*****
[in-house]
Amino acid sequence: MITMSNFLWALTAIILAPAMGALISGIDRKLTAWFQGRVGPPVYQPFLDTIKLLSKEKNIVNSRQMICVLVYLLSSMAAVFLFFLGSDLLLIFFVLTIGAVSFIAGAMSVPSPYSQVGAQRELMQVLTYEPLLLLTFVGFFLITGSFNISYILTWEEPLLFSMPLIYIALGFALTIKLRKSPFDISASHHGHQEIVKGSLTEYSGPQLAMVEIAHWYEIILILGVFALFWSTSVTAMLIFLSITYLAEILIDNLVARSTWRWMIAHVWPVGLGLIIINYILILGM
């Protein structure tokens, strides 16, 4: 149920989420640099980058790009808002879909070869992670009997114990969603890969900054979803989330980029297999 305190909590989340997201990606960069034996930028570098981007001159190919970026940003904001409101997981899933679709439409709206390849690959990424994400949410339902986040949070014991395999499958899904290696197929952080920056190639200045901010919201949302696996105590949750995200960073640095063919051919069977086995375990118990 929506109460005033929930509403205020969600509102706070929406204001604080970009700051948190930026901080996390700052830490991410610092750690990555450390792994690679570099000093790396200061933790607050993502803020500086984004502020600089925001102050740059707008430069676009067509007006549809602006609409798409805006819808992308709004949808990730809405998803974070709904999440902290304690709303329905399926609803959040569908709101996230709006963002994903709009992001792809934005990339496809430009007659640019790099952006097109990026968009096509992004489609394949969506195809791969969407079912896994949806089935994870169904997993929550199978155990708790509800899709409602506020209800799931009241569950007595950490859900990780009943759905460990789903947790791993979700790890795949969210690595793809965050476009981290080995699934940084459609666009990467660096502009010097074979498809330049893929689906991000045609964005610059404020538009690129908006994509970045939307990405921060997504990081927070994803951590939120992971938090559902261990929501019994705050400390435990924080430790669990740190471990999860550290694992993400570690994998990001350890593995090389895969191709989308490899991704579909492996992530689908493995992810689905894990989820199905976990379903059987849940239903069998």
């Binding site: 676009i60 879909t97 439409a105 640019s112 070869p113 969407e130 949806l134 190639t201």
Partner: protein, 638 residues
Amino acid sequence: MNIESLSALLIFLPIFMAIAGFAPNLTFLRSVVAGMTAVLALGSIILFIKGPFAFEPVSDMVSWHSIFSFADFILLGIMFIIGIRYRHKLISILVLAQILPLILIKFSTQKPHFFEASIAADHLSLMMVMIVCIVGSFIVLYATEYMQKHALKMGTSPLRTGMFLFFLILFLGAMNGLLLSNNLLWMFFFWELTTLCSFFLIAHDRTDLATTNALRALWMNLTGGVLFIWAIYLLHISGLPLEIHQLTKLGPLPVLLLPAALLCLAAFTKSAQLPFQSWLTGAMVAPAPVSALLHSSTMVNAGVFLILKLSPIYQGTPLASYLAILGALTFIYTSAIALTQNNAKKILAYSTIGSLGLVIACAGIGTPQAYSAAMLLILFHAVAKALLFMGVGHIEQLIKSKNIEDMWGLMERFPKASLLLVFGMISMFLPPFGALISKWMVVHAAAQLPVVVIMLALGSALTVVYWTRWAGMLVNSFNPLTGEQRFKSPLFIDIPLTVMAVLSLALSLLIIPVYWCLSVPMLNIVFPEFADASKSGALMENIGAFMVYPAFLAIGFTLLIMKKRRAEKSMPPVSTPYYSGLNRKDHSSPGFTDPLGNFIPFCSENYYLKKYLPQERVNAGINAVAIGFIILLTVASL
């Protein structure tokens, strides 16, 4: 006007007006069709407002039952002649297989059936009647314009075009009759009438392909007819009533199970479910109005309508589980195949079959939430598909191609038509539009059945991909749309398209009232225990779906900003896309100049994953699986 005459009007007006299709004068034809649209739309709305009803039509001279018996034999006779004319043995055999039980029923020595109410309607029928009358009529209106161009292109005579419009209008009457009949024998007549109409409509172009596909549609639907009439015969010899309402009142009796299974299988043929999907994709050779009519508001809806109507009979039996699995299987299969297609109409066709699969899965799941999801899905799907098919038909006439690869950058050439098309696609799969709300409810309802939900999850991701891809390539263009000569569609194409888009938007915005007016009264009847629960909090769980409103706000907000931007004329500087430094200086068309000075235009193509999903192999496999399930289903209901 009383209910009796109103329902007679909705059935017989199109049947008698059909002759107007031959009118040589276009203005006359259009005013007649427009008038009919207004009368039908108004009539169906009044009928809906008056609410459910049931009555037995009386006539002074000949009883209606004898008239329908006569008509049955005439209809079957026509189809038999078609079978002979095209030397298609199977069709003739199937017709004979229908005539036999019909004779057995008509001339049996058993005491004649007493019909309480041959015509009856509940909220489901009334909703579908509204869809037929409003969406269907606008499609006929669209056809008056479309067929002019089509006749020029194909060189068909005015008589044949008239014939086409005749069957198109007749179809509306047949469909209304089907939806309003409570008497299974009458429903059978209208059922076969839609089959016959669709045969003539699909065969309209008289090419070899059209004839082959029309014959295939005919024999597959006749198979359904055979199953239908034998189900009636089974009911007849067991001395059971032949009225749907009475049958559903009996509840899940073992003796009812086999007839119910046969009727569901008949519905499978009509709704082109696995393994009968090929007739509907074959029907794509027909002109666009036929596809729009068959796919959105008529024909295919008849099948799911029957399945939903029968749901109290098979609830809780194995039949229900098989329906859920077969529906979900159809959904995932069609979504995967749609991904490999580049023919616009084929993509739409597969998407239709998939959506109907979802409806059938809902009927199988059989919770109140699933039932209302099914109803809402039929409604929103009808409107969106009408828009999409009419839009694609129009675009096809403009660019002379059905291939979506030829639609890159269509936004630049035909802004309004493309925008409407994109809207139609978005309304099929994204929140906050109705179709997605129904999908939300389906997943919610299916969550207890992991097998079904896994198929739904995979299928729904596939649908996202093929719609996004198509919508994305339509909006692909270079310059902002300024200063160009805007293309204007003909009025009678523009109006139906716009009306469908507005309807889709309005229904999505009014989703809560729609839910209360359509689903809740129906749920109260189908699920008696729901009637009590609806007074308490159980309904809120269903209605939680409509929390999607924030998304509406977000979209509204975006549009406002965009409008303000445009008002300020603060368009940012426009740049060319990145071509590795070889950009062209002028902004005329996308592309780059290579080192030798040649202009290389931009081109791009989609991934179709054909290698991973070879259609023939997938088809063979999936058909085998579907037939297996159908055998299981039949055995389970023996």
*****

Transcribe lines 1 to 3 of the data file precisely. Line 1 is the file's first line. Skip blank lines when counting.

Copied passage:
[in-house]
Amino acid sequence: MITMSNFLWALTAIILAPAMGALISGIDRKLTAWFQGRVGPPVYQPFLDTIKLLSKEKNIVNSRQMICVLVYLLSSMAAVFLFFLGSDLLLIFFVLTIGAVSFIAGAMSVPSPYSQVGAQRELMQVLTYEPLLLLTFVGFFLITGSFNISYILTWEEPLLFSMPLIYIALGFALTIKLRKSPFDISASHHGHQEIVKGSLTEYSGPQLAMVEIAHWYEIILILGVFALFWSTSVTAMLIFLSITYLAEILIDNLVARSTWRWMIAHVWPVGLGLIIINYILILGM
């Protein structure tokens, strides 16, 4: 149920989420640099980058790009808002879909070869992670009997114990969603890969900054979803989330980029297999 305190909590989340997201990606960069034996930028570098981007001159190919970026940003904001409101997981899933679709439409709206390849690959990424994400949410339902986040949070014991395999499958899904290696197929952080920056190639200045901010919201949302696996105590949750995200960073640095063919051919069977086995375990118990 929506109460005033929930509403205020969600509102706070929406204001604080970009700051948190930026901080996390700052830490991410610092750690990555450390792994690679570099000093790396200061933790607050993502803020500086984004502020600089925001102050740059707008430069676009067509007006549809602006609409798409805006819808992308709004949808990730809405998803974070709904999440902290304690709303329905399926609803959040569908709101996230709006963002994903709009992001792809934005990339496809430009007659640019790099952006097109990026968009096509992004489609394949969506195809791969969407079912896994949806089935994870169904997993929550199978155990708790509800899709409602506020209800799931009241569950007595950490859900990780009943759905460990789903947790791993979700790890795949969210690595793809965050476009981290080995699934940084459609666009990467660096502009010097074979498809330049893929689906991000045609964005610059404020538009690129908006994509970045939307990405921060997504990081927070994803951590939120992971938090559902261990929501019994705050400390435990924080430790669990740190471990999860550290694992993400570690994998990001350890593995090389895969191709989308490899991704579909492996992530689908493995992810689905894990989820199905976990379903059987849940239903069998």